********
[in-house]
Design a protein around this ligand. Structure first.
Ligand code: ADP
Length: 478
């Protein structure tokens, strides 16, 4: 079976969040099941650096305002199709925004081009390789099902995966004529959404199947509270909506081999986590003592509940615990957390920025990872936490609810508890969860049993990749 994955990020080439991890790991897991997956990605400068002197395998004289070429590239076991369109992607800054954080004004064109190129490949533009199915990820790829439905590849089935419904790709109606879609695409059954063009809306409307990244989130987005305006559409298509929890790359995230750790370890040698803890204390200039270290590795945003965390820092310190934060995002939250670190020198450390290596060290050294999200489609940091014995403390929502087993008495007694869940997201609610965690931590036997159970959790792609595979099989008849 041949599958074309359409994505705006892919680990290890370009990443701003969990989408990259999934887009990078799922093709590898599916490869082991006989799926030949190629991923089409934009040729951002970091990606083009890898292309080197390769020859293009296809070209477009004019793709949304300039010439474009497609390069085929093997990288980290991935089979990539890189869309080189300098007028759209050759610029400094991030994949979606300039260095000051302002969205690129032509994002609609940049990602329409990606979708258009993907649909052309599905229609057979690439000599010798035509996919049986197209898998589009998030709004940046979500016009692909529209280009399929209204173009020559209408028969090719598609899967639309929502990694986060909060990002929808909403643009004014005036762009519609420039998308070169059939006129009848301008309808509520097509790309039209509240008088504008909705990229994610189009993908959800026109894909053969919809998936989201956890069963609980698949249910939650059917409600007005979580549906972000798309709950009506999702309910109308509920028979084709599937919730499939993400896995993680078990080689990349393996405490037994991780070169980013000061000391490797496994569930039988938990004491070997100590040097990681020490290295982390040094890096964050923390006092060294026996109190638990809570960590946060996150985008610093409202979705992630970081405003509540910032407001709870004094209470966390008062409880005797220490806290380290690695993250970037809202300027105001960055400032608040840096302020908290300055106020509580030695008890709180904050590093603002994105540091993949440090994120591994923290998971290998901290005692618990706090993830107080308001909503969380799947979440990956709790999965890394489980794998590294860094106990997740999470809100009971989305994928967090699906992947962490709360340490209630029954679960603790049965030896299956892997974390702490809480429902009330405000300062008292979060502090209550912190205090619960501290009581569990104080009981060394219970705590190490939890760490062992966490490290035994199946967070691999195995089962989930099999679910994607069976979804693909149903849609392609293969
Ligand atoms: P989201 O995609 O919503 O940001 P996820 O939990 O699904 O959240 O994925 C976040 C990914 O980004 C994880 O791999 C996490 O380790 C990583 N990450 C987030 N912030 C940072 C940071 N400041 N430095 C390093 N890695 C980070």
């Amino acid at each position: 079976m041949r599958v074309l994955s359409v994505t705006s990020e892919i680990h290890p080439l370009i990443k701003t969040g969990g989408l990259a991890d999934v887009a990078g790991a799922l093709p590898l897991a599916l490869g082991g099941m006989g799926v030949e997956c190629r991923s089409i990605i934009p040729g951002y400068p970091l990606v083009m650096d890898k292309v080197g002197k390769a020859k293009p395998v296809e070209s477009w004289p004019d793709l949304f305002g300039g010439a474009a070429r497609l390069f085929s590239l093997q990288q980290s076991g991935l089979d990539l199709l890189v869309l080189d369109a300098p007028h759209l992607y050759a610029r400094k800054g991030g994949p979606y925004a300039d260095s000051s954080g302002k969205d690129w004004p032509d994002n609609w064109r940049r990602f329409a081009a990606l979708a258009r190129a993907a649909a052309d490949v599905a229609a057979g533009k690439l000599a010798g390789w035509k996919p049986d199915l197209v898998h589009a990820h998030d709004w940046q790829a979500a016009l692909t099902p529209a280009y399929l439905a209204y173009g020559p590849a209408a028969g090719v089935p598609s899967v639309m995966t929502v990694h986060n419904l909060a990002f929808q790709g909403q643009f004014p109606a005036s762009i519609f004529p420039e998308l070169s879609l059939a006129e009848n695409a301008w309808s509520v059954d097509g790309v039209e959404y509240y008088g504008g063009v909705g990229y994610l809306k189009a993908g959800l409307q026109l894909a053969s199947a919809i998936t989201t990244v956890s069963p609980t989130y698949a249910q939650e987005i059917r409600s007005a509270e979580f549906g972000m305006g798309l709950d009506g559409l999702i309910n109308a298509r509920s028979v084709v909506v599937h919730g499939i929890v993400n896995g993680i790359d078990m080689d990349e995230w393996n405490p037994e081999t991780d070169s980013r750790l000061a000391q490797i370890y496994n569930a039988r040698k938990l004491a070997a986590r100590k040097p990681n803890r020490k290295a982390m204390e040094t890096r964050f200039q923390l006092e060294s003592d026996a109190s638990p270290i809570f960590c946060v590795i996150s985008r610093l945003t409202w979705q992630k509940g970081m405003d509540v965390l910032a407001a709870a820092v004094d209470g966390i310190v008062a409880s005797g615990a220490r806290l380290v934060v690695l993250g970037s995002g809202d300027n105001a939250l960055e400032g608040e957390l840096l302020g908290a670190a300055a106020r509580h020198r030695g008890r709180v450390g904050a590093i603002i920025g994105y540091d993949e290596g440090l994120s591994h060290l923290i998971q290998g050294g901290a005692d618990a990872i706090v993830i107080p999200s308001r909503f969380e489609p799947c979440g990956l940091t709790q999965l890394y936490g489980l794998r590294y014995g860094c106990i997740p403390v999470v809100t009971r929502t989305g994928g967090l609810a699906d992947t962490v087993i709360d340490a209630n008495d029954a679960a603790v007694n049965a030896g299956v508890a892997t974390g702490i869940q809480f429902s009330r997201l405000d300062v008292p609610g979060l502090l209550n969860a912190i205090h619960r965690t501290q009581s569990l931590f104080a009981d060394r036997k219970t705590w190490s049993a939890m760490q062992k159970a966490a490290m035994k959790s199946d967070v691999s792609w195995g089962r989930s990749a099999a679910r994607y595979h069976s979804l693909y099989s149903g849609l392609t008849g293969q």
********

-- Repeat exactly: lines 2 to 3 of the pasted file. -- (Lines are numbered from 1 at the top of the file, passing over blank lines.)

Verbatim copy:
Design a protein around this ligand. Structure first.
Ligand code: ADP